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News Updates » 24 October 2009


After the clouds, Jupiter

When somebody who’s English is chosen to coordinate an astronomy outreach project such as Galilean Nights is it perhaps inevitable that rain and cloud will “stop play” for at least part of the event? I say, “don’t be absurd”, and I’m not just saying that because I don’t want any cancelled events to be all my fault…

The end of October was chosen for Galilean Nights due to the positioning of Jupiter and the Moon. Yet while some parts of the world enjoyed great observing conditions over the past three days, much of Europe hasn’t been so lucky, with Jupiter and the Moon being superbly positioned behind thick cloud. For a look on the bright side, this did result in some innovative event organisers putting Plan B (or even Plan C) into action and without the poor weather conditions, we wouldn’t have added the category of “most innovative Plan B” to the list of event awards. Not much by way of compensation, I know, but it’s the best I can do!

Over the past three months or so of coordinating Galilean Nights I’ve been impressed by the enthusiasm and generosity of so many people around the world who all made me realise just how much support IYA2009 has from all walks of life. I would like to thank everybody who has been of help in getting Galilean Nights to this point, from everybody in the Task Group who supported me in my role, to those who volunteered to give up their time (happily) to translate the Galilean Nights presentations, to many of the event organisers who’ve been sharing their stories and plans with me. Deserving of particular thanks is Mafalda who put the website together. Without Mafalda’s help, rather than making use of a website, Twitter and blogging, I would have communicated with you all via the 21st century technology of carrier pigeons, postcards and smoke signals, although perhaps this meant I missed a trick to make Galilean Nights a ground-breaking “new media” project – I might write the evaluation report in Morse code to make up for it.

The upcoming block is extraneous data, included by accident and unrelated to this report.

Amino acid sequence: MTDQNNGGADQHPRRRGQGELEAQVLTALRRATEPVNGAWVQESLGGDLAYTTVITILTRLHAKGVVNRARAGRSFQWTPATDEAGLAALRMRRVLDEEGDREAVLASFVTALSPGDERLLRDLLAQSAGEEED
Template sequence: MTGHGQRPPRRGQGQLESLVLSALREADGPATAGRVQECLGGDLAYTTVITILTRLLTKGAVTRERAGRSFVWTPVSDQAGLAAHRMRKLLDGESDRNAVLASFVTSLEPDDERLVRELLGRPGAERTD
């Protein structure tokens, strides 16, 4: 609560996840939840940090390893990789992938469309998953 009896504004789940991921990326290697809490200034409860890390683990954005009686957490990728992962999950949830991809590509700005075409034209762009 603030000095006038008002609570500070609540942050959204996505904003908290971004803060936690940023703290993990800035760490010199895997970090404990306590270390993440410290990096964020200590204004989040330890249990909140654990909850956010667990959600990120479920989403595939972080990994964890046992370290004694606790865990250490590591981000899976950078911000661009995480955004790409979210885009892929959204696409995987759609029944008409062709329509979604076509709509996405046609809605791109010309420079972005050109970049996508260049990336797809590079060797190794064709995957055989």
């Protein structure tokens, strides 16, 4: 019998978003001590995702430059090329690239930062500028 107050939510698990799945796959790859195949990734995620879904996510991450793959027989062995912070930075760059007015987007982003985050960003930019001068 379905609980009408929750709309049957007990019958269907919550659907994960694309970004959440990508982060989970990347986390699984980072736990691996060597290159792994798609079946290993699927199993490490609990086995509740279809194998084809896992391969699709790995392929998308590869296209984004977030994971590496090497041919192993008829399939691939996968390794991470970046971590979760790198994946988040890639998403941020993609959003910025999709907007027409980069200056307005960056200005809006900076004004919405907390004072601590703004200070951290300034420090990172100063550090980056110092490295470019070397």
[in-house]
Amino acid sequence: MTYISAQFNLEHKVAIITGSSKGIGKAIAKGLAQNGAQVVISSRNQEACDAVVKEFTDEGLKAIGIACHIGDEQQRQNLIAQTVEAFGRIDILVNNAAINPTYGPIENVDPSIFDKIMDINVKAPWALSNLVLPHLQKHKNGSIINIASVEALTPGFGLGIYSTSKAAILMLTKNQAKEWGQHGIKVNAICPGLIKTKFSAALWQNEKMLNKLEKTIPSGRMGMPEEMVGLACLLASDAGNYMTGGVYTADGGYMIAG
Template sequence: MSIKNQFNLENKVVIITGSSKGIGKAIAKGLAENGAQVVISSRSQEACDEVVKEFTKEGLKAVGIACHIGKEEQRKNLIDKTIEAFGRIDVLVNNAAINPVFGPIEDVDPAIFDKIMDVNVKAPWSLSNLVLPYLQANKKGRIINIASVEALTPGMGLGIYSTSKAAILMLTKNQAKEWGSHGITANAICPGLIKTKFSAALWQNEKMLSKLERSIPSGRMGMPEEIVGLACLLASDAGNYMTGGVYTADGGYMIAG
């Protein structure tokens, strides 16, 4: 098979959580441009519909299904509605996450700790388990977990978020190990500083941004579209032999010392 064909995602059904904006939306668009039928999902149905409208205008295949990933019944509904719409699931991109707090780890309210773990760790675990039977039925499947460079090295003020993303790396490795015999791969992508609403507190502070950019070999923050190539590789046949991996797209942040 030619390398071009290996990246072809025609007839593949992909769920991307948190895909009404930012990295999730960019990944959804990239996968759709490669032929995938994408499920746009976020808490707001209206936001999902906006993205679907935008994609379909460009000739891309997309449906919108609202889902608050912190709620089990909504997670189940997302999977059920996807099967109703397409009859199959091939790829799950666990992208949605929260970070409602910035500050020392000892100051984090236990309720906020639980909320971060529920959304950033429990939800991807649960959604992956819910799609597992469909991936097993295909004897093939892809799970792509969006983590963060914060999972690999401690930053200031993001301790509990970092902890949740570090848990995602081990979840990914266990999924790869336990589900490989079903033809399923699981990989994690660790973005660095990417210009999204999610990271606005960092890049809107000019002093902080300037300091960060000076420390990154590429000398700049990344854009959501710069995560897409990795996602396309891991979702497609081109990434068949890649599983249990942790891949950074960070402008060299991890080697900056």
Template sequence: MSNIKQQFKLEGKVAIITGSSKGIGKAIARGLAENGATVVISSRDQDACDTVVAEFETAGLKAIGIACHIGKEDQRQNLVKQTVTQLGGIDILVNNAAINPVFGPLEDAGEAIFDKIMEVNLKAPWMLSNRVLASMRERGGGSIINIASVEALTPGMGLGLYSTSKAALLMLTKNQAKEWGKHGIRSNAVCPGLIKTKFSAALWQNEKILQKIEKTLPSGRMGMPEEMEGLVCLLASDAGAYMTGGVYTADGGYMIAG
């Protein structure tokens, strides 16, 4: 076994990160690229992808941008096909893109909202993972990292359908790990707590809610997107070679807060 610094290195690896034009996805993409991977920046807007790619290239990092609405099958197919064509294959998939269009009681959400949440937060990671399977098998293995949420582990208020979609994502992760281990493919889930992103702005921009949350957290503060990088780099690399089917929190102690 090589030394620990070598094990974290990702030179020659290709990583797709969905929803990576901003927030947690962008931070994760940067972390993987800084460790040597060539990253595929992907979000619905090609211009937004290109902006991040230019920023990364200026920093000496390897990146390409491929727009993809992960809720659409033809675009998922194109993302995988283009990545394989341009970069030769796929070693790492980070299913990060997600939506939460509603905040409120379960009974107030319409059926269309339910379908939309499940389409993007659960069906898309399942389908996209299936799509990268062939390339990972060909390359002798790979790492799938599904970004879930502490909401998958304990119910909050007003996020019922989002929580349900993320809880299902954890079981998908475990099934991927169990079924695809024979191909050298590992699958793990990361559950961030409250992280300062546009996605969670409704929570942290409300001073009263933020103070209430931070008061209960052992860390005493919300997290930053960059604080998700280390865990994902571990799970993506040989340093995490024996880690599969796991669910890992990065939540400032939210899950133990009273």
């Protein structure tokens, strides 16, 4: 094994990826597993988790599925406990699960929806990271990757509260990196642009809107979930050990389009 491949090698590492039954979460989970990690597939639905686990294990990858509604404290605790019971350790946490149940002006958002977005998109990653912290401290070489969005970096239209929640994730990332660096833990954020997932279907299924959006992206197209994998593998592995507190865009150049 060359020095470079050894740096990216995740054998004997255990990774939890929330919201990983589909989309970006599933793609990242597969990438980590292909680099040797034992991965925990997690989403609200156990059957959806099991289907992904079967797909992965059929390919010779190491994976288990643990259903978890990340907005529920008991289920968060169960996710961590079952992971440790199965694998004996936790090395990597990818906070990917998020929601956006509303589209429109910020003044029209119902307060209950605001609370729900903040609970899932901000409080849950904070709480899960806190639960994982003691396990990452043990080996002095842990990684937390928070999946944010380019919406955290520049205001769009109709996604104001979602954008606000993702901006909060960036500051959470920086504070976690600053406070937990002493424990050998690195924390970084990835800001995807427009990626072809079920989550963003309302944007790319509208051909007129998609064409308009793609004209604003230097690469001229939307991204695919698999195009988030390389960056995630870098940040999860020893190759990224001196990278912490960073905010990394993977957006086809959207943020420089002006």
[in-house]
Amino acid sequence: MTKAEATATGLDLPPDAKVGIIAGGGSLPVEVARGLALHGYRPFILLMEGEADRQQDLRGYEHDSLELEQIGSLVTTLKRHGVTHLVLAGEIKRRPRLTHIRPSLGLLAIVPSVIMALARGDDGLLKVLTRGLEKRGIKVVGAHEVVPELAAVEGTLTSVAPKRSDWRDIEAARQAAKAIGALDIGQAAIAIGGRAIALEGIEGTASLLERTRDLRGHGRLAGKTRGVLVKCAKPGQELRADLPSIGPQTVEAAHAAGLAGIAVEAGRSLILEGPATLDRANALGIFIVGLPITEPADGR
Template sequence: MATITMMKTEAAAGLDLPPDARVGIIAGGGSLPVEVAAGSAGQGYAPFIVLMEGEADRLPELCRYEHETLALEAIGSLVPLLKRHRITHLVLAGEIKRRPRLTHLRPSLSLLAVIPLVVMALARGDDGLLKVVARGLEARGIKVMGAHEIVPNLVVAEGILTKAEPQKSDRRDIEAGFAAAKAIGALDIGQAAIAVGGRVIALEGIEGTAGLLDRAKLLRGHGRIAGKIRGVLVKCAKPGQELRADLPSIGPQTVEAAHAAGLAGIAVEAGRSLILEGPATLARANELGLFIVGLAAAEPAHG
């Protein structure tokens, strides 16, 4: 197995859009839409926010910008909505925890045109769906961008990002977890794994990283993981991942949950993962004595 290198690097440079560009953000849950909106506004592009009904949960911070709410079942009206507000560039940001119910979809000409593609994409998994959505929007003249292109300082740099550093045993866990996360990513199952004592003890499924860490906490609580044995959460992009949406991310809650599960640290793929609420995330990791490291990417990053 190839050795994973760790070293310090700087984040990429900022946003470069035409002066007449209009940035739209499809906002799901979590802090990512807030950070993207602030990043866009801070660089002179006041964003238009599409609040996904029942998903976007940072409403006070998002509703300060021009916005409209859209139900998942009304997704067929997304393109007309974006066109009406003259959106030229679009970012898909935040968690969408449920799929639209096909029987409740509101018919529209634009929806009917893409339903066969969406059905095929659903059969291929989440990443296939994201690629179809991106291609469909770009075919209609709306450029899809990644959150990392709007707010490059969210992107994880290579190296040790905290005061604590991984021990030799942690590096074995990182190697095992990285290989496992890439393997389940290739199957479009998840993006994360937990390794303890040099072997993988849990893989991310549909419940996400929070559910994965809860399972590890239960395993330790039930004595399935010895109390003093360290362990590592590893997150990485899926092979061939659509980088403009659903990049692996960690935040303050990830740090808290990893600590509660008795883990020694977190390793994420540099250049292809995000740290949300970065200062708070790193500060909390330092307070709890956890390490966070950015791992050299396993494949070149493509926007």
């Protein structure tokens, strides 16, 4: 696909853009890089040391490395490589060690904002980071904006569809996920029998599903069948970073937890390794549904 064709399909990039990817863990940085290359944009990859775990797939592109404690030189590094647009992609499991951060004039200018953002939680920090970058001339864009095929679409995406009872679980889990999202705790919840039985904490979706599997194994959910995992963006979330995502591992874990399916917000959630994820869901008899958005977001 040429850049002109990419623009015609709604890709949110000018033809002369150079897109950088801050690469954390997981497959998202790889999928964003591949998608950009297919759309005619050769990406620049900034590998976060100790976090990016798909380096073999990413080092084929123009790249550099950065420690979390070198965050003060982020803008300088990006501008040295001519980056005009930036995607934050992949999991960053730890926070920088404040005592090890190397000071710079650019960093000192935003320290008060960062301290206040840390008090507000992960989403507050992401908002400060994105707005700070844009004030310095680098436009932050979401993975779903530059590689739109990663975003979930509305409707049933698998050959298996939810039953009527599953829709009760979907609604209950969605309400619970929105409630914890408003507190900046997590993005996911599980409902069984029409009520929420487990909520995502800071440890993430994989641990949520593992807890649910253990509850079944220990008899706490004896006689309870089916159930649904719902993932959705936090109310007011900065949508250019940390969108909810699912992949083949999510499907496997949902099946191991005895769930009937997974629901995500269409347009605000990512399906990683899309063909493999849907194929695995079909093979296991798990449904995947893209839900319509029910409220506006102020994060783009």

The past three days of Galilean Nights has again demonstrated the huge levels of enthusiasm and generosity amongst many in the astronomy community. Perfect examples are those belonging to the EurAstro astronomy society. On Thursday night, with clouds and rain over Munich, they dove straight into plan B – setting up telescopes exhibition style and running a quiz for attendees. Unaware of their reputation for always being full of surprises, I was left fairly speechless by being declared “Miss EurAstro 2010″. It is very touching to know that my efforts have been appreciated by those who I would say do the actual hard work of running the individual public observing events.

In the same way that the free-for-all People’s Monday is a huge hit with the public following two weeks of rained off tennis at Wimbledon, so the clear (ish) skies of last night were all the more appreciated because of the previous nights of bad weather. Live Blogger Lee and I went along to the observatory of Jean-Luc, the chairman of EurAstro. Jean-Luc showed us Jupiter, talked us through the different pieces of observing equipment and most generously helped both of us to take our first ever astrophotographs through a telescope, for which I was most grateful. He was also far more patient than I at being the subject of a Lee Pullen photoshoot. As a one-man example of all that is good about the astronomy community, Jean-Luc deserves more than a medal.

So, now that Galilean Nights is officially over, I hope that many of you will have found the gaps in the clouds, that postponed events run successfully and that the next big global observing event has as much enthusiasm as this one did.

Catherine Moloney

IYA2009 Galilean Nights Coordinator